A change is coming in the credit card world, which given all of the recent hacks at leading retailers and banks (JP Morgan, Target, Home Depot to name just a few), cannot come soon enough. What is interesting is that the U.S. may be choosing a different path than other countries.
Hat tip to Peter Davies, who tipped me off about this fascinating (to me, anyway) interview regarding this transition on Krebs On Security. Here are some highlights:
- Other G20 countries have chosen most secure method of protecting credit card information using chip-and-PIN which protects against counterfeits and lost/stolen cards:
The United States is the last of the G20 nations to move to more secure chip-based cards. Other countries that have made this shift have done so by government fiat mandating the use of chip-and-PIN. Requiring a PIN at each transaction addresses both the card counterfeiting problem, as well as the use of lost or stolen cards.
- U.S. seems to be moving toward the less secure “chip and signature” standard:
Here in the States, however, the movement to chip-based cards has evolved overwhelmingly toward the chip-and-signature approach. Naturally, if your chip-and-signature card is lost or stolen and used fraudulently, there is little likelihood that a $9-per-hour checkout clerk is going to bat an eyelash at a thief who signs your name when using your stolen card to buy stuff at retailers. Nor will a signature card stop thieves from using a counterfeit card at automated payment terminals (think gas pumps)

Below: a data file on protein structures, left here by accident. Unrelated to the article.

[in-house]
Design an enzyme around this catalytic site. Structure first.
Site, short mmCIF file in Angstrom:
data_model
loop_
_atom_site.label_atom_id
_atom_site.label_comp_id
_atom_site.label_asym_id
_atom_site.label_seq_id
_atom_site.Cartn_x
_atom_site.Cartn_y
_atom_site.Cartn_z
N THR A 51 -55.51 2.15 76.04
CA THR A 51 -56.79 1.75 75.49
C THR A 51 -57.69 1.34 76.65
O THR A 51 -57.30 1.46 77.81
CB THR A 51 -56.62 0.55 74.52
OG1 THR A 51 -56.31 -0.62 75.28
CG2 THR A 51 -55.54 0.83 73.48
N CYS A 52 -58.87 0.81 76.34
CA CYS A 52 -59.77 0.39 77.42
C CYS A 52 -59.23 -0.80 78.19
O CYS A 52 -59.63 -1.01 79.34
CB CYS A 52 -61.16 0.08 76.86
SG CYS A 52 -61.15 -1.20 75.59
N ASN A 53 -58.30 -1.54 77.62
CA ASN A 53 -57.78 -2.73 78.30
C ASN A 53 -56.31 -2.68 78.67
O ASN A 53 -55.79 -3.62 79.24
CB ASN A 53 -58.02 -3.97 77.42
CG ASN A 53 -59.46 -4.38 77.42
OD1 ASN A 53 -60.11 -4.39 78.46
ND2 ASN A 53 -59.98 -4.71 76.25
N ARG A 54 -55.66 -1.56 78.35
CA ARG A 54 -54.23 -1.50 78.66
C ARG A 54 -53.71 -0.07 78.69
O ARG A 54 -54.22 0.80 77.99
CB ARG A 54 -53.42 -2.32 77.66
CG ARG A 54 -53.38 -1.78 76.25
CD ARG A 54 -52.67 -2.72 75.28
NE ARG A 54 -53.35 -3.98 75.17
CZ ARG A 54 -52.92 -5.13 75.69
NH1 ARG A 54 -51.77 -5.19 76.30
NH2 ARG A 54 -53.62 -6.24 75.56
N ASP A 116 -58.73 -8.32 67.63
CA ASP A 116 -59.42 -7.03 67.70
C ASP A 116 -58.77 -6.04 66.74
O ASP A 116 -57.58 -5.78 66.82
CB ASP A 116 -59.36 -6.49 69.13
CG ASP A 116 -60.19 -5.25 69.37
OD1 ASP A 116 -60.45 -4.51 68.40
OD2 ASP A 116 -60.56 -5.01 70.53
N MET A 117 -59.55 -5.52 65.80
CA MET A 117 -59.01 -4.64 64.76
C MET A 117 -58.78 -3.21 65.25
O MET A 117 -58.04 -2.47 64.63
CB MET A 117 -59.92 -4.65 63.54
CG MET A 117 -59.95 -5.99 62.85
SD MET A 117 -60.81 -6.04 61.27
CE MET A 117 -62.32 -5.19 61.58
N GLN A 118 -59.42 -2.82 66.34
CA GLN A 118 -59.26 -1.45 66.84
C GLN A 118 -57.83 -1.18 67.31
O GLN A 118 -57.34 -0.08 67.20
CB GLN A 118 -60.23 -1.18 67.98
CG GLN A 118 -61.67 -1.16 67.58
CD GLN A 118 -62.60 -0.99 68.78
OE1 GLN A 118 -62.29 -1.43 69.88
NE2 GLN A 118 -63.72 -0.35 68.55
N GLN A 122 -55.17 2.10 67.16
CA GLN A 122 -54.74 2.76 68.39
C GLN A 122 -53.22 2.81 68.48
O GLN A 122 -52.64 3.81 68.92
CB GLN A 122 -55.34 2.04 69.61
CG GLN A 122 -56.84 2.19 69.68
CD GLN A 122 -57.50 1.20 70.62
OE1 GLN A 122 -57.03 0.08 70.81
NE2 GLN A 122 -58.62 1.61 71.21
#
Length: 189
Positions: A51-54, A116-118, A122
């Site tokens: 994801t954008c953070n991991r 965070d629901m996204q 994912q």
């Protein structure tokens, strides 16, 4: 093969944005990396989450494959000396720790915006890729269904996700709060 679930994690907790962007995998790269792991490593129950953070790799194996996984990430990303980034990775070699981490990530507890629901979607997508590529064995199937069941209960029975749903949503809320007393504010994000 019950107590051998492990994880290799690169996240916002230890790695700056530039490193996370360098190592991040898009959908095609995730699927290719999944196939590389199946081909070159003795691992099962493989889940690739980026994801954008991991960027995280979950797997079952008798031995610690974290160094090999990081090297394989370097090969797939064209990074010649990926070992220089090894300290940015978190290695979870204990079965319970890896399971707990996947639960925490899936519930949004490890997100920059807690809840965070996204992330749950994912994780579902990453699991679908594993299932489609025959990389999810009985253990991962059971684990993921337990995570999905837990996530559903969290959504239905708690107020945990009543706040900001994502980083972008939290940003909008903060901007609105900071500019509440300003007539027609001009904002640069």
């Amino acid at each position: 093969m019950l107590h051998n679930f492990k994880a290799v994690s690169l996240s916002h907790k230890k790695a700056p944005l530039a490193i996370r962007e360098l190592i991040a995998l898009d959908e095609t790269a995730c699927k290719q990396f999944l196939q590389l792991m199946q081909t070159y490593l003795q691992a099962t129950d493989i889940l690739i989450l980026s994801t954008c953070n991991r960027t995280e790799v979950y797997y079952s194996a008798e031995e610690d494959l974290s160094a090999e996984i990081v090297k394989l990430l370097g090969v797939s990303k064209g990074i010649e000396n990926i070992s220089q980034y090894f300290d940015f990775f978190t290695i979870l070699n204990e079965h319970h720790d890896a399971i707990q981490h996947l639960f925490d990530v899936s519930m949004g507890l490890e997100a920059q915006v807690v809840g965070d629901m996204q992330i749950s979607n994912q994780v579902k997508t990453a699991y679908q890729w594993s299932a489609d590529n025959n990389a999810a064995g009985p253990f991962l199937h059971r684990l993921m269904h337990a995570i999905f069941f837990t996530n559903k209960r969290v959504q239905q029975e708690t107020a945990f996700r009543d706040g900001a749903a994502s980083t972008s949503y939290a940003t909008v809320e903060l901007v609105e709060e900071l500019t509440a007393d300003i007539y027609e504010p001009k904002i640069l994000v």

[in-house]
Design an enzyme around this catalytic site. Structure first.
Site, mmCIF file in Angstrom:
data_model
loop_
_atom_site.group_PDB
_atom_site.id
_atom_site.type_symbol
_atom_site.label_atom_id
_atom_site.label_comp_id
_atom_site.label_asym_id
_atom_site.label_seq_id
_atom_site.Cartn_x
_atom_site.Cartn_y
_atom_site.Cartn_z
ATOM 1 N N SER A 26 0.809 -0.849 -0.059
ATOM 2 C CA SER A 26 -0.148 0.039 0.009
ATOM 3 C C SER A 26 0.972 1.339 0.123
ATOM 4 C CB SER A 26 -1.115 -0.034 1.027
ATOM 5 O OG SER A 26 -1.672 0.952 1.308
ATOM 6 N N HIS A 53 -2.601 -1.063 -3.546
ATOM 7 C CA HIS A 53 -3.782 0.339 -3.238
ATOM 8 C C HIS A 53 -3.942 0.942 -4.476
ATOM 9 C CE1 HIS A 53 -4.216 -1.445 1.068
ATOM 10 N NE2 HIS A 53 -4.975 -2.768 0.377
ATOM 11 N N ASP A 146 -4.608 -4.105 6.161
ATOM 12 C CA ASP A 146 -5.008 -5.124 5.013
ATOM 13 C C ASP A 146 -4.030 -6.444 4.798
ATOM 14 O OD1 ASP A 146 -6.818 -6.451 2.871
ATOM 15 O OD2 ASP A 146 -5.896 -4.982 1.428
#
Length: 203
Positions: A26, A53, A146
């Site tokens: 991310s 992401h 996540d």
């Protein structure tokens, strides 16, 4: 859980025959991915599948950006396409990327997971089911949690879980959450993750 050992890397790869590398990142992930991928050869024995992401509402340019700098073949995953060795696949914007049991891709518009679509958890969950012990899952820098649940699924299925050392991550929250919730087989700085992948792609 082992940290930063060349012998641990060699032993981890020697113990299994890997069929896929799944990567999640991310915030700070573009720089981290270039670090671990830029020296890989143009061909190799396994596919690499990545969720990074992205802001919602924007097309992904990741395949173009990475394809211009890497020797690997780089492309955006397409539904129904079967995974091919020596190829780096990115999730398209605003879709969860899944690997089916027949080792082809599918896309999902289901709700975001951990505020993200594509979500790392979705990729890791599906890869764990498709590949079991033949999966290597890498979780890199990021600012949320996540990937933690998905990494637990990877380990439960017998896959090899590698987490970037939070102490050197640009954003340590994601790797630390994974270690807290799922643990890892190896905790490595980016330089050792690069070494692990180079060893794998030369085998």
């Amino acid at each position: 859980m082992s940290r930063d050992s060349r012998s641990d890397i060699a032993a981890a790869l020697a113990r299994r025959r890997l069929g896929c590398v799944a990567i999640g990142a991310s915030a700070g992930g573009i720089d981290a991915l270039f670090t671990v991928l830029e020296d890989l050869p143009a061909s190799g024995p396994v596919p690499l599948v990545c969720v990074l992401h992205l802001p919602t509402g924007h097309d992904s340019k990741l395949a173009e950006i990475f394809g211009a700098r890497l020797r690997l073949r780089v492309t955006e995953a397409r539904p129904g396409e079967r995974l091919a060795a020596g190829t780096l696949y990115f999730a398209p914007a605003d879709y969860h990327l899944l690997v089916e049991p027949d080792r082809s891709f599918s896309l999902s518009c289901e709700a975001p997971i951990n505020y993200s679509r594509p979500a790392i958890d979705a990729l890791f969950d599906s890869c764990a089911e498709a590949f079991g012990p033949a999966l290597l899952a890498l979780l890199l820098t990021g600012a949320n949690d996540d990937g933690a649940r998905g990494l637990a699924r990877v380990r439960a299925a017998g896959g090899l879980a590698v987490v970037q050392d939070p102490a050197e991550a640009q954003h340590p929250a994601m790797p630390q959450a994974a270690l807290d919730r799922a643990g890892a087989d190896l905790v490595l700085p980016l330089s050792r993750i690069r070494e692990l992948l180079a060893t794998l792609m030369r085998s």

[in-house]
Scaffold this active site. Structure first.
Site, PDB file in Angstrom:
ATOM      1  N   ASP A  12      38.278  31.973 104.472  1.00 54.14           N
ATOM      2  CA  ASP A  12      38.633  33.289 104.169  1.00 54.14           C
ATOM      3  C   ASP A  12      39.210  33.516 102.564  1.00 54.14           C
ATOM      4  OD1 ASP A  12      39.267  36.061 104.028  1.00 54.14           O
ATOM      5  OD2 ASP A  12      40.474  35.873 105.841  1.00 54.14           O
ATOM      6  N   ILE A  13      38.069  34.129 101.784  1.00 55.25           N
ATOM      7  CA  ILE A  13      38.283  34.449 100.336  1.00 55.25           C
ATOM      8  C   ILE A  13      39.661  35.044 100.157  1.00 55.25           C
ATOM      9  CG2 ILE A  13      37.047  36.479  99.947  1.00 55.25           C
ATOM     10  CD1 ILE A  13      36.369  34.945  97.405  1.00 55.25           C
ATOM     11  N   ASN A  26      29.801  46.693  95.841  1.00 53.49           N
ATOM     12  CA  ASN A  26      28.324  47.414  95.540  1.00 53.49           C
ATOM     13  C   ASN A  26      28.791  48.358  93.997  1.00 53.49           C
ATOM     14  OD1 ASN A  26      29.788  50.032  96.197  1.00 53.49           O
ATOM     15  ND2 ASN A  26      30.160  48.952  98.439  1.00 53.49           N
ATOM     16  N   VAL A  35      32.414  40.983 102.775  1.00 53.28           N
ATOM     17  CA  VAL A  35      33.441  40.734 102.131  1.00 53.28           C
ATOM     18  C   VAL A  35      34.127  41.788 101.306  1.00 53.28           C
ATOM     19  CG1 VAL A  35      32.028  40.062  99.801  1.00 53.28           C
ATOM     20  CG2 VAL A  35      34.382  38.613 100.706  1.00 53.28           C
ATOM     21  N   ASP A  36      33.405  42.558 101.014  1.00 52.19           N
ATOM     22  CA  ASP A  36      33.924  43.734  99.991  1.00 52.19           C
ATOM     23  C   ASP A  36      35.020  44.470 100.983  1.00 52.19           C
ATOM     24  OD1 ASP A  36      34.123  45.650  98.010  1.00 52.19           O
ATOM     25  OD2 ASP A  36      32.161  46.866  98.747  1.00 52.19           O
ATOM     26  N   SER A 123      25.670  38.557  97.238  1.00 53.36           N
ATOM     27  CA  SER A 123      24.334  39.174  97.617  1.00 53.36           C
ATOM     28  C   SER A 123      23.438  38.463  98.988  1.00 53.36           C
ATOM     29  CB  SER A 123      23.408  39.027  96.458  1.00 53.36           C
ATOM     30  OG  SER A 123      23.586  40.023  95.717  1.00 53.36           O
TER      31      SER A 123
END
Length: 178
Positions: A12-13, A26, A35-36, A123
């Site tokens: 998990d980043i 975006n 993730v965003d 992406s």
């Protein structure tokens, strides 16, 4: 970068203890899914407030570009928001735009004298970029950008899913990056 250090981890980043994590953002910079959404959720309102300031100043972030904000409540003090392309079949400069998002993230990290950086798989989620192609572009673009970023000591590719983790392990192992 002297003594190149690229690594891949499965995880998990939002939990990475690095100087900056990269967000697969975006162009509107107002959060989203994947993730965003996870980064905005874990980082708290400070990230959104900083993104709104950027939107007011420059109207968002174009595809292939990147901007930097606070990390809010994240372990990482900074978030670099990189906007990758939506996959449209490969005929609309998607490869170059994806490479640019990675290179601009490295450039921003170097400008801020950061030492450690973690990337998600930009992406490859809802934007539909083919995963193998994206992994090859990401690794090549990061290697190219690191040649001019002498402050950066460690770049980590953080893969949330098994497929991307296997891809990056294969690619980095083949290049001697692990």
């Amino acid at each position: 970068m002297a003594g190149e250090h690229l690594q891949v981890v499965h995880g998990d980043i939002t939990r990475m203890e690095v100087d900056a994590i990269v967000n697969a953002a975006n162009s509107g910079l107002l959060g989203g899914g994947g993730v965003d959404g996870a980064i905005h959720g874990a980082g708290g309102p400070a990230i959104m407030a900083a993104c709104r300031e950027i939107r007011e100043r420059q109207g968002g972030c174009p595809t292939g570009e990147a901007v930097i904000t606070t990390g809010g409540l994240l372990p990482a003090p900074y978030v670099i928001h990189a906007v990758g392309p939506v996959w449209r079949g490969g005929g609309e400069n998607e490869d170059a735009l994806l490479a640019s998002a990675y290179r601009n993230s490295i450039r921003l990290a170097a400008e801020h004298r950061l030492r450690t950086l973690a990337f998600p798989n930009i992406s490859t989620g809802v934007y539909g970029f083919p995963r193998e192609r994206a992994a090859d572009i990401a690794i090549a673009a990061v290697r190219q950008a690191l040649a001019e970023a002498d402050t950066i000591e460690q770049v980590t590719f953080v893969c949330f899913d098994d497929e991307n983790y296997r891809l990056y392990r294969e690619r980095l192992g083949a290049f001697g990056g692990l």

So, why are we different?
- Fear of ATM Fraud (Chip and PIN cards will still have magnetic strips for ATM withdrawals): “Most card issuing banks and Visa don’t want PINs because the PINs can be stolen and used with the magnetic stripe data on the same cards (that also have a chip card) to withdraw cash from ATM machines. Banks eat the ATM fraud costs. This scenario has happened with the roll-out of chip cards with PIN – in Europe and in Canada.”
- Concerns that consumers will forget PIN numbers and therefore won’t be able to use their cards: “There was a Canadian issuer that — when they did their migration to chip — really botched their chip-and-PIN roll out, and consumers were forgetting their PIN at the point-of-sale. That issuer saw a significant dip in transaction volume as a result. One of the missteps this issuer made was that they sent their PIN mailers out too soon before you could actually do PIN transactions at the point of sale, and consumers forgot.”
- KISS (keep it simple, stupid) principle (also shows you what card companies think of the average consumer: “We don’t really think we can teach Americans to do two things at once. So we’re going to start with teaching them how to dip, and if we have another watershed event like the Target breach and consumers start clamoring for PIN, then we’ll adjust.” So the issuers I spoke with wanted to keep it simple: Go to market with plain vanilla, and once we get this working, we can evaluate adding some sprinkles and toppings later.”